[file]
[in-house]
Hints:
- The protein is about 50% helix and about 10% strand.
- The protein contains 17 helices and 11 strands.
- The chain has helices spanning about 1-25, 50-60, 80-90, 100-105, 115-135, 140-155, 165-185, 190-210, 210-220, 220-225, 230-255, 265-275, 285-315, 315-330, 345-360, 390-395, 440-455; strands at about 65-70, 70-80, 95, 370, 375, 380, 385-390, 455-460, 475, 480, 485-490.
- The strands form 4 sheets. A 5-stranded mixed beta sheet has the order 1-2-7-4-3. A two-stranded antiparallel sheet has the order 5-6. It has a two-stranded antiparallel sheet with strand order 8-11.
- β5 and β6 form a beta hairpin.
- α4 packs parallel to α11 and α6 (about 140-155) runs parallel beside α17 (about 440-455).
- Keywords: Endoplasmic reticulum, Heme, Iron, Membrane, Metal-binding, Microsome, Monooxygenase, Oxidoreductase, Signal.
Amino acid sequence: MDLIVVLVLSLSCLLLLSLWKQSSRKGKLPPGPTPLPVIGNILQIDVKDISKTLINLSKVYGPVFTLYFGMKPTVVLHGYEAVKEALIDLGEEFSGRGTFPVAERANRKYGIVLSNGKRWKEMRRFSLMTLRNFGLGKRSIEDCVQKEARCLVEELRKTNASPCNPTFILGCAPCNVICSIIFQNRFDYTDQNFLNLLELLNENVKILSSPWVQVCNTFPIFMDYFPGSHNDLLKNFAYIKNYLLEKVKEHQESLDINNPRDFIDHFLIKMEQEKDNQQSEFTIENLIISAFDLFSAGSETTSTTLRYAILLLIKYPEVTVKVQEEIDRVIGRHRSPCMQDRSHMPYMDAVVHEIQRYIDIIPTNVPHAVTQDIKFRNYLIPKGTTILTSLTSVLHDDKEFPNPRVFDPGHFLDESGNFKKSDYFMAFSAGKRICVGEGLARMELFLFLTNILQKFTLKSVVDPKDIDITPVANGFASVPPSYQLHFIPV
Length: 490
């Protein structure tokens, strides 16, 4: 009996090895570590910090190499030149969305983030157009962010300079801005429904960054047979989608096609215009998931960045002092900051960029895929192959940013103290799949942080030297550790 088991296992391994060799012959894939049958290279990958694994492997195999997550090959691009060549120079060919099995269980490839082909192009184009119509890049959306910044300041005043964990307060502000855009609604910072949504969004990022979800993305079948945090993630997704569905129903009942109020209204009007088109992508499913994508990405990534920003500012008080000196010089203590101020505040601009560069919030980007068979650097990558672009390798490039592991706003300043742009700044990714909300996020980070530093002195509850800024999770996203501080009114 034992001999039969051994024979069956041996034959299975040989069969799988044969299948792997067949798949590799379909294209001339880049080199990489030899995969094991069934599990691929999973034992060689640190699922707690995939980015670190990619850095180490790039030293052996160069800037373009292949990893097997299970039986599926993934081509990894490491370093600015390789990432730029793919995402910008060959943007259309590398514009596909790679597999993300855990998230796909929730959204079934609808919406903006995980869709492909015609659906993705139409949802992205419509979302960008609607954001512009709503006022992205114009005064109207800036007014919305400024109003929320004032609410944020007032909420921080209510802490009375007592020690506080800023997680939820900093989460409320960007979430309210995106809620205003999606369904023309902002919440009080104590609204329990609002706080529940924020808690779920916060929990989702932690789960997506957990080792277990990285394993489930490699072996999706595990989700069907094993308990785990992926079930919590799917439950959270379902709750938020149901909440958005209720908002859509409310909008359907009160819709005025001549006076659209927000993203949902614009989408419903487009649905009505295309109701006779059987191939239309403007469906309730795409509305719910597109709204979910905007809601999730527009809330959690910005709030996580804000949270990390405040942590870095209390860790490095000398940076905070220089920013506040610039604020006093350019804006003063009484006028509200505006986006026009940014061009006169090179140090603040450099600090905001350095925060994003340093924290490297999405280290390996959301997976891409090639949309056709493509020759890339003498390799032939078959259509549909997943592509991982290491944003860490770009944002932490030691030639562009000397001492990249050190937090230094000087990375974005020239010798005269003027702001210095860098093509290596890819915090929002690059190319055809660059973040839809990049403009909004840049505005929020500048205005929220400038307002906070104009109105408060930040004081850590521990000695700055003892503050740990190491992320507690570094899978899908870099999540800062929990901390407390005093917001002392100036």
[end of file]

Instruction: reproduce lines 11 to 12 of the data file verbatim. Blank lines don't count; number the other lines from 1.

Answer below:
Length: 490
């Protein structure tokens, strides 16, 4: 009996090895570590910090190499030149969305983030157009962010300079801005429904960054047979989608096609215009998931960045002092900051960029895929192959940013103290799949942080030297550790 088991296992391994060799012959894939049958290279990958694994492997195999997550090959691009060549120079060919099995269980490839082909192009184009119509890049959306910044300041005043964990307060502000855009609604910072949504969004990022979800993305079948945090993630997704569905129903009942109020209204009007088109992508499913994508990405990534920003500012008080000196010089203590101020505040601009560069919030980007068979650097990558672009390798490039592991706003300043742009700044990714909300996020980070530093002195509850800024999770996203501080009114 034992001999039969051994024979069956041996034959299975040989069969799988044969299948792997067949798949590799379909294209001339880049080199990489030899995969094991069934599990691929999973034992060689640190699922707690995939980015670190990619850095180490790039030293052996160069800037373009292949990893097997299970039986599926993934081509990894490491370093600015390789990432730029793919995402910008060959943007259309590398514009596909790679597999993300855990998230796909929730959204079934609808919406903006995980869709492909015609659906993705139409949802992205419509979302960008609607954001512009709503006022992205114009005064109207800036007014919305400024109003929320004032609410944020007032909420921080209510802490009375007592020690506080800023997680939820900093989460409320960007979430309210995106809620205003999606369904023309902002919440009080104590609204329990609002706080529940924020808690779920916060929990989702932690789960997506957990080792277990990285394993489930490699072996999706595990989700069907094993308990785990992926079930919590799917439950959270379902709750938020149901909440958005209720908002859509409310909008359907009160819709005025001549006076659209927000993203949902614009989408419903487009649905009505295309109701006779059987191939239309403007469906309730795409509305719910597109709204979910905007809601999730527009809330959690910005709030996580804000949270990390405040942590870095209390860790490095000398940076905070220089920013506040610039604020006093350019804006003063009484006028509200505006986006026009940014061009006169090179140090603040450099600090905001350095925060994003340093924290490297999405280290390996959301997976891409090639949309056709493509020759890339003498390799032939078959259509549909997943592509991982290491944003860490770009944002932490030691030639562009000397001492990249050190937090230094000087990375974005020239010798005269003027702001210095860098093509290596890819915090929002690059190319055809660059973040839809990049403009909004840049505005929020500048205005929220400038307002906070104009109105408060930040004081850590521990000695700055003892503050740990190491992320507690570094899978899908870099999540800062929990901390407390005093917001002392100036």